Parkland students receive clear backpacks as part of enhanced security

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 Leslie Ovalle   WLRN News
View Slideshow Leslie Ovalle WLRN News
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04 April, 2018

After new measures were announced at Marjory Stoneman Douglas High School, students are reacting to one of the new rules implemented by the school district.

Students at a Florida high school where 17 people died in a mass shooting are receiving clear backpacks.

Delaney Tarr, a student activist at the school, spent much of her Monday evening - and some of her early Tuesday morning - decorating her school-issued bag with pins and paint, and also tampons.

A new policy specifically for the site of the tragedy mandates, among other measures, that all students be provided with a transparent school bag, the only backpacks now allowed on the campus.

Another student said, "This backpack is probably worth more than my life".

"It was hilarious to see all of us look stupid together", student Aaliyah Eastmond said. Many carried lunch in clear plastic bags.

Last month, hundreds of thousands of people marched in cities across the country to protest gun violence and call for action.

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In their first couple of days back from spring break, some students have turned their school-issued bags into improvised picket signs. Student Josh Gallagher said, "This clear backpack idea is to give us kids a false sense of security and now has enraged most of the students here at MSD".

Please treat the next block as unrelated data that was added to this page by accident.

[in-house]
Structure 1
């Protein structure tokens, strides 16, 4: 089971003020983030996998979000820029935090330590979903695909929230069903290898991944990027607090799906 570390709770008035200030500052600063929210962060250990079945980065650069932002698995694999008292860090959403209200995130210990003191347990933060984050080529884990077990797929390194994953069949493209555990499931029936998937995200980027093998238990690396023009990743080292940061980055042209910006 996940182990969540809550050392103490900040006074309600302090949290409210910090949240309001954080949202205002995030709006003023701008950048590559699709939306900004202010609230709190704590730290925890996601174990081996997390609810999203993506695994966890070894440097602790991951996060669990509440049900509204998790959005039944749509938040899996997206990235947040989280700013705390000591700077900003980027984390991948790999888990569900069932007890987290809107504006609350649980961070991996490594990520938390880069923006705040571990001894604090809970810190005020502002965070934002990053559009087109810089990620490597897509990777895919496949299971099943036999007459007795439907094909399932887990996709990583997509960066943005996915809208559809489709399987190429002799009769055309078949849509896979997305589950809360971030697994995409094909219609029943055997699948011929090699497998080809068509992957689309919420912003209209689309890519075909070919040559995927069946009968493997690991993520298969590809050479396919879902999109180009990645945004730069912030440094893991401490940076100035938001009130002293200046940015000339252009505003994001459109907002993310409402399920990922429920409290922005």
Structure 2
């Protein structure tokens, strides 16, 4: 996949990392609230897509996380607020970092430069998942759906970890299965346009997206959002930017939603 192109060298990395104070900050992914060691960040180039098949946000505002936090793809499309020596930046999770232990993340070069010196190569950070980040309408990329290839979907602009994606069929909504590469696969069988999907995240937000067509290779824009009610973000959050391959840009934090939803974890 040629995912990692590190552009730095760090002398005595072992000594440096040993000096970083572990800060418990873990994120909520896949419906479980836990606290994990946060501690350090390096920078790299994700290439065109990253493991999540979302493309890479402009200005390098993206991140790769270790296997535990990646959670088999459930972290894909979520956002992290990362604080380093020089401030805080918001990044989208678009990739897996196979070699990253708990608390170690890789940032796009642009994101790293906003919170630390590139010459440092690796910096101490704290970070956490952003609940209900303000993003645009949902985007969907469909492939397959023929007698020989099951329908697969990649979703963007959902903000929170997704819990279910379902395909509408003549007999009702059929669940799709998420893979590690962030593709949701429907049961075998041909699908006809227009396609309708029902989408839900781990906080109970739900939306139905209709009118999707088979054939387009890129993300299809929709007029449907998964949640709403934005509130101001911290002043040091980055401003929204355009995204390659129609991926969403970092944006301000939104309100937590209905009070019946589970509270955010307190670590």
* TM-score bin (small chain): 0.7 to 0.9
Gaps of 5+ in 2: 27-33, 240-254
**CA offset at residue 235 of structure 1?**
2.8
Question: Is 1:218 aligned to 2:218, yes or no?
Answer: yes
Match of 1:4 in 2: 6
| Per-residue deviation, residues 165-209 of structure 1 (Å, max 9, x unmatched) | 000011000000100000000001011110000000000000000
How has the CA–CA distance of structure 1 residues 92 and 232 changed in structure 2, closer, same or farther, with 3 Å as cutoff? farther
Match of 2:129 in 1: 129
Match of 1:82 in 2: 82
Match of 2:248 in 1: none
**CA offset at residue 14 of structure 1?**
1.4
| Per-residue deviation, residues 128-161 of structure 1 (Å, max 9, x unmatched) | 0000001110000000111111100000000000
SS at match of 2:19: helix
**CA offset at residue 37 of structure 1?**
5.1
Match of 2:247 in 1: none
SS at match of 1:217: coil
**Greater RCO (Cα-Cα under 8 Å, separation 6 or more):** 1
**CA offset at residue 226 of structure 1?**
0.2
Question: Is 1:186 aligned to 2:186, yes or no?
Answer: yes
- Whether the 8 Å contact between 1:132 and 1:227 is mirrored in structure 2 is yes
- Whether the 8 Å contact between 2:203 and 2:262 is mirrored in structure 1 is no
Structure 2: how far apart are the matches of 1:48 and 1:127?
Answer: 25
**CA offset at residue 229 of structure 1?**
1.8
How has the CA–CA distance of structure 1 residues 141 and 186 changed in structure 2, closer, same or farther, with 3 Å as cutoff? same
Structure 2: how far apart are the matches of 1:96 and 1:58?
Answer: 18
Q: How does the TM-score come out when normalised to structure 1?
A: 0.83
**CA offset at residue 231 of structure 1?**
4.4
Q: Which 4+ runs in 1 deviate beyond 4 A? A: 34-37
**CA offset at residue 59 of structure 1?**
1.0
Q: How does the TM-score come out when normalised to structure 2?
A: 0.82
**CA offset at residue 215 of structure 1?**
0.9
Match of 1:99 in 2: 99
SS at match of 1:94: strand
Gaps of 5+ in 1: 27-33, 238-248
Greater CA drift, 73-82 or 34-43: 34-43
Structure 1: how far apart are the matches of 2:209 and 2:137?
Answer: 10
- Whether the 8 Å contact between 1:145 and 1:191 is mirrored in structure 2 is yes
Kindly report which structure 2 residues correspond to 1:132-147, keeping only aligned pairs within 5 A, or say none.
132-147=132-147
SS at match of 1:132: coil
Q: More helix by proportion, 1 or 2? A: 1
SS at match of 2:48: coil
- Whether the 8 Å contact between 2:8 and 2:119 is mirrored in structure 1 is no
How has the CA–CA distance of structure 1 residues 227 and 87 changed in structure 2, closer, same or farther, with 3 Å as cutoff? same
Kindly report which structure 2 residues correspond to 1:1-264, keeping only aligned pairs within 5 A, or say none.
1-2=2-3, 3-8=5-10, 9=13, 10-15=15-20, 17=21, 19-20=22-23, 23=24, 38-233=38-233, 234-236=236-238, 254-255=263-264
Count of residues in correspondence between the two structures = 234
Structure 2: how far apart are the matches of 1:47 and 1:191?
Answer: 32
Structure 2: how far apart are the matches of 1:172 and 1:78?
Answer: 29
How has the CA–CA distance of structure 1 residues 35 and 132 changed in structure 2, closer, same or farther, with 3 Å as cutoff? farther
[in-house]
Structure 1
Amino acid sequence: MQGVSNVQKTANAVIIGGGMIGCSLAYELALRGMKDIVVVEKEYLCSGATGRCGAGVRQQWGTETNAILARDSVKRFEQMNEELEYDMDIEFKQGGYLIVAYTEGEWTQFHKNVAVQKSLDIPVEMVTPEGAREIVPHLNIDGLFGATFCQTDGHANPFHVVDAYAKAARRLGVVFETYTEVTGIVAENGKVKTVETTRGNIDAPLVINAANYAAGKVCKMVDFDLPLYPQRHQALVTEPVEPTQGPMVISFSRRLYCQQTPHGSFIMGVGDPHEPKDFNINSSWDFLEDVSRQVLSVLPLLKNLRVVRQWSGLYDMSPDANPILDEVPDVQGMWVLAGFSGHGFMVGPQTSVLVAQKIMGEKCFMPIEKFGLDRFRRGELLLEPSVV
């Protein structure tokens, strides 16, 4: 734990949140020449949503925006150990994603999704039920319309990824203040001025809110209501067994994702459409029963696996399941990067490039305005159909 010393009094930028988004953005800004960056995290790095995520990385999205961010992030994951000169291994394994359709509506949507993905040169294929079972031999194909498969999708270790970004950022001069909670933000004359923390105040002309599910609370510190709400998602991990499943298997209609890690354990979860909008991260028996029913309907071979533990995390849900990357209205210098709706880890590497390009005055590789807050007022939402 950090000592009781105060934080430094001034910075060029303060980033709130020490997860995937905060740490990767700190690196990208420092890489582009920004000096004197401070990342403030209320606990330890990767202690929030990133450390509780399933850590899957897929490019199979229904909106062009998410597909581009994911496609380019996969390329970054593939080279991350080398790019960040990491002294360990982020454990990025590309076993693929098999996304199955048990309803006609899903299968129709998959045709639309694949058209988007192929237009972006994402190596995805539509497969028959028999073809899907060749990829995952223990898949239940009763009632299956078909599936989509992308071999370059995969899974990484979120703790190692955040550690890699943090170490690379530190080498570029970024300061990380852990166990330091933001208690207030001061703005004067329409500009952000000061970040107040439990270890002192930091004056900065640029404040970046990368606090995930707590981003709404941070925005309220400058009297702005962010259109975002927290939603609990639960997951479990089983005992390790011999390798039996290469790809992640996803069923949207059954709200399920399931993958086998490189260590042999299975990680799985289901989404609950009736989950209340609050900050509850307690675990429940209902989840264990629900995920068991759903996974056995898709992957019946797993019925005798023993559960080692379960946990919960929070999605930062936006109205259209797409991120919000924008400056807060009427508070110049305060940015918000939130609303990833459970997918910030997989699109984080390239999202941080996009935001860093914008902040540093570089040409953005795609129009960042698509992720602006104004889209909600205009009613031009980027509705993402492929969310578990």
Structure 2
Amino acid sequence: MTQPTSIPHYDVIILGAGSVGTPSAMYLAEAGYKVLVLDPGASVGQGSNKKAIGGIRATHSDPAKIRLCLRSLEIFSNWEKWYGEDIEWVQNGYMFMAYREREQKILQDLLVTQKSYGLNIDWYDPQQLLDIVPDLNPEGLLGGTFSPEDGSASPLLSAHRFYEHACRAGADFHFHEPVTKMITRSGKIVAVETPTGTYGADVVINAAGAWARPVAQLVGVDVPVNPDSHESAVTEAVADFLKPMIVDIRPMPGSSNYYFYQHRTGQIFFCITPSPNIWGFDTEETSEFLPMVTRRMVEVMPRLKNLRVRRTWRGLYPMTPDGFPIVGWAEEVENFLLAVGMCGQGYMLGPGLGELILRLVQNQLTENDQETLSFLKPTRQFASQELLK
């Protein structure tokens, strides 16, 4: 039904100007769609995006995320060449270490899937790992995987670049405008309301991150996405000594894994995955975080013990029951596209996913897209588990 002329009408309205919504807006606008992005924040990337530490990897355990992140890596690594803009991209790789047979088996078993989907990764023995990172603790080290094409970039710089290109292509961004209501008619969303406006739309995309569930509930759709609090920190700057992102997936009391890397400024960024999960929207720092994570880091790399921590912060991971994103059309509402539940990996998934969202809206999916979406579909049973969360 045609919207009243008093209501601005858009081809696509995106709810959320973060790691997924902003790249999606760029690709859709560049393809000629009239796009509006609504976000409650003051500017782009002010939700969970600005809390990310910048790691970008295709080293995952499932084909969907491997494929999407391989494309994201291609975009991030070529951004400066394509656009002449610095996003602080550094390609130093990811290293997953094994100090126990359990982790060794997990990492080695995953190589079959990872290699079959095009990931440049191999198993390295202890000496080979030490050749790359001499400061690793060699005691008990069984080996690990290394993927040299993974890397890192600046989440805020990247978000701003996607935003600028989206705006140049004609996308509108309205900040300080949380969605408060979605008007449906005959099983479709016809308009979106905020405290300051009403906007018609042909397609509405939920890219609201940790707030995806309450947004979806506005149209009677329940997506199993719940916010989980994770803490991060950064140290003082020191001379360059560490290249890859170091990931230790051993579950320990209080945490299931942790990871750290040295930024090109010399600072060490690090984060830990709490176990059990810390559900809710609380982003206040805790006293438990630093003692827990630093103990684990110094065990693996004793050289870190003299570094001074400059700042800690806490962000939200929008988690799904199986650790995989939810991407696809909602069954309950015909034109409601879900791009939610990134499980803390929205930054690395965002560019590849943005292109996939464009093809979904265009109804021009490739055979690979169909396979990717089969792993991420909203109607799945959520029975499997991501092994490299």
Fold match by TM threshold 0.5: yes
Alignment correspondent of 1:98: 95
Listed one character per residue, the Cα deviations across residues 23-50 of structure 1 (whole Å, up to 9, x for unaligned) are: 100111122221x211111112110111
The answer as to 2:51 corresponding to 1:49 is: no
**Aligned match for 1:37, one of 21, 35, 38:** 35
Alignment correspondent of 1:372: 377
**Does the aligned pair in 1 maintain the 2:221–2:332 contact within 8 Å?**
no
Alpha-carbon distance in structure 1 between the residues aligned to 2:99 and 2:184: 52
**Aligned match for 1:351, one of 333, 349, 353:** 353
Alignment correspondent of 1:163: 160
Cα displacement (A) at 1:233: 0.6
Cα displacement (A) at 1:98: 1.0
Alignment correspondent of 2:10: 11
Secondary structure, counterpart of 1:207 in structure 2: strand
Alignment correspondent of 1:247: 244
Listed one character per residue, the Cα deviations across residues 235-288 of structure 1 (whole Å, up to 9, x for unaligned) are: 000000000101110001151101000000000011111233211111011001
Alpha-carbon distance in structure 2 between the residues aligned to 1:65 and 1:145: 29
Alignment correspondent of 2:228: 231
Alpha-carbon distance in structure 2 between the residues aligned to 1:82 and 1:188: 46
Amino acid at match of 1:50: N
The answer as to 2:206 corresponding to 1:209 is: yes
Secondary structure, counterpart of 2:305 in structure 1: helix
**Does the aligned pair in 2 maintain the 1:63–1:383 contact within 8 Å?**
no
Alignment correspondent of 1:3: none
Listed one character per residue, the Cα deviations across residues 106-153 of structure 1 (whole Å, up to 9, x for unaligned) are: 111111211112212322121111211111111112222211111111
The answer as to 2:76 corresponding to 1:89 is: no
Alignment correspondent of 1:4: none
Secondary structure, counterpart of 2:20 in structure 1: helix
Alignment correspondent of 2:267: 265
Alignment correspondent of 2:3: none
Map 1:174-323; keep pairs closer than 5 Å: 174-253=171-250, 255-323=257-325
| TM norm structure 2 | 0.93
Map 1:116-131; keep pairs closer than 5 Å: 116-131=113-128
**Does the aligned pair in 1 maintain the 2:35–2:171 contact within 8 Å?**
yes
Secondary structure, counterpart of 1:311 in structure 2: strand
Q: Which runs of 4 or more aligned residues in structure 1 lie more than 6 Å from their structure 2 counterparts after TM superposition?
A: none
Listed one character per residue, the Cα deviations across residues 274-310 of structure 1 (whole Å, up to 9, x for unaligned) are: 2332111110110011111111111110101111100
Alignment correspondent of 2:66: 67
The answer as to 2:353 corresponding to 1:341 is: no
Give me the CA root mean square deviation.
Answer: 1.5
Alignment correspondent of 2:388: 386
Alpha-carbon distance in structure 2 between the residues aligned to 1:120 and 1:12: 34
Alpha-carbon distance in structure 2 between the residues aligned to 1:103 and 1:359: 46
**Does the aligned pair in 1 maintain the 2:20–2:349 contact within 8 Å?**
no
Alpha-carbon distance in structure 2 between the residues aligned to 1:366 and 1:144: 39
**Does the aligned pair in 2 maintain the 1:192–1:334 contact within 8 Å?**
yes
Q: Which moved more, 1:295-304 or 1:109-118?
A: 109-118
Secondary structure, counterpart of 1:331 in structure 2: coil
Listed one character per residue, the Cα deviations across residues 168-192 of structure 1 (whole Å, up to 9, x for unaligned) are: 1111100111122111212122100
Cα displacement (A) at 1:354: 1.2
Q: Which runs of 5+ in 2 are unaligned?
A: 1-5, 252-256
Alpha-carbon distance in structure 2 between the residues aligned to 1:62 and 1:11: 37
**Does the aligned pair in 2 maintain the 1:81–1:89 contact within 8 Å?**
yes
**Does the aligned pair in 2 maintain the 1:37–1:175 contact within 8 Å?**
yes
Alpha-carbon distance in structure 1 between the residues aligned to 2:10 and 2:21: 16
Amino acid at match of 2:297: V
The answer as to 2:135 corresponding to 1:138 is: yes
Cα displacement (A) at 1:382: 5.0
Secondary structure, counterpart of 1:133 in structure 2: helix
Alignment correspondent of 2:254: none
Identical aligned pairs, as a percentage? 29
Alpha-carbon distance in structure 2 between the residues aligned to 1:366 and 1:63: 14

"They did not check my I.D.", Annabel said.

Cameron Kasky, one of the founders of March for Our Lives, felt the clear backpack rule was a "step in the wrong direction", but urged students to keep moving forward in their fight for tighter gun control.

The shooting galvanized a student-led movement calling for stricter gun laws, and some students used the clear bags to make a political statement.

But despite the outcry on social media, teachers "for the most part" have embraced the policy, said Greg Pittman, an American History teacher at the school of about 3,300.

And since the rule went into effect on Monday - nearly two months after a former student sneaked an AR-15 onto campus in a rifle bag and used it to kill 17 people - students have complained that the policy is unnecessary and intrusive. "I say this to say that out of all that, I rarely recommend clear backpacks for K-12", he said. Sports bags and musical instrument cases are being searched.

"I realise some will want more and some will want less", he wrote in a letter last week.


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